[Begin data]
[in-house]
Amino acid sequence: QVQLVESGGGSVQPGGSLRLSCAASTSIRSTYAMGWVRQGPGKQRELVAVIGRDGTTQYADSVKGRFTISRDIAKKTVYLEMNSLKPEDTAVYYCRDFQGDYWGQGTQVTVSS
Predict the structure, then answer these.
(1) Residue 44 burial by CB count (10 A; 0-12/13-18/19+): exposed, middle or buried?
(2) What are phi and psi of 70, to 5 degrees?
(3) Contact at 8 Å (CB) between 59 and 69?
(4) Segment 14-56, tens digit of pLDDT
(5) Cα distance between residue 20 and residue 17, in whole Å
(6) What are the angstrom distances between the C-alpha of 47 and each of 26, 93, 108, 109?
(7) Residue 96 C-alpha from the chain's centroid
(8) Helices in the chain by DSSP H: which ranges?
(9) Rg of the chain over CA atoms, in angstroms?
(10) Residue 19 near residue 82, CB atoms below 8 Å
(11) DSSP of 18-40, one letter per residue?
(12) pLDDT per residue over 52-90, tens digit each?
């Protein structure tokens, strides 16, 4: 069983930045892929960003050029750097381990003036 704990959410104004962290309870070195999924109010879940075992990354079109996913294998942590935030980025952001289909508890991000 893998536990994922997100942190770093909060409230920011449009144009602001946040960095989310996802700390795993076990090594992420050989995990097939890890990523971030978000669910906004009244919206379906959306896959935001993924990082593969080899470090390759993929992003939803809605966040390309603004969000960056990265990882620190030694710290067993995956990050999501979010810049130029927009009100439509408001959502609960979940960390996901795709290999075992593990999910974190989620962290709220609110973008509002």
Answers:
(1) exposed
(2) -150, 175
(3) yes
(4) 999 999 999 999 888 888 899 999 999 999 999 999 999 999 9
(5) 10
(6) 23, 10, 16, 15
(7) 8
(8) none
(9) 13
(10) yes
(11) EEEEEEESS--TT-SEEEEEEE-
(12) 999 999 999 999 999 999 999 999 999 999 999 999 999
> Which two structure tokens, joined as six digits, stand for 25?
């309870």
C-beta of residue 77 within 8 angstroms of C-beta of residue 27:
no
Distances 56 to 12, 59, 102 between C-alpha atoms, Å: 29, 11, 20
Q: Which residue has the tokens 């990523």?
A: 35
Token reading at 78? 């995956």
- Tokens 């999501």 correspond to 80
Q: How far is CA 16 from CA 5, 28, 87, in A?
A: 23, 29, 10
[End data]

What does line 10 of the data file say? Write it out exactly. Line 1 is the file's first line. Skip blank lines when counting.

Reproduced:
(7) Residue 96 C-alpha from the chain's centroid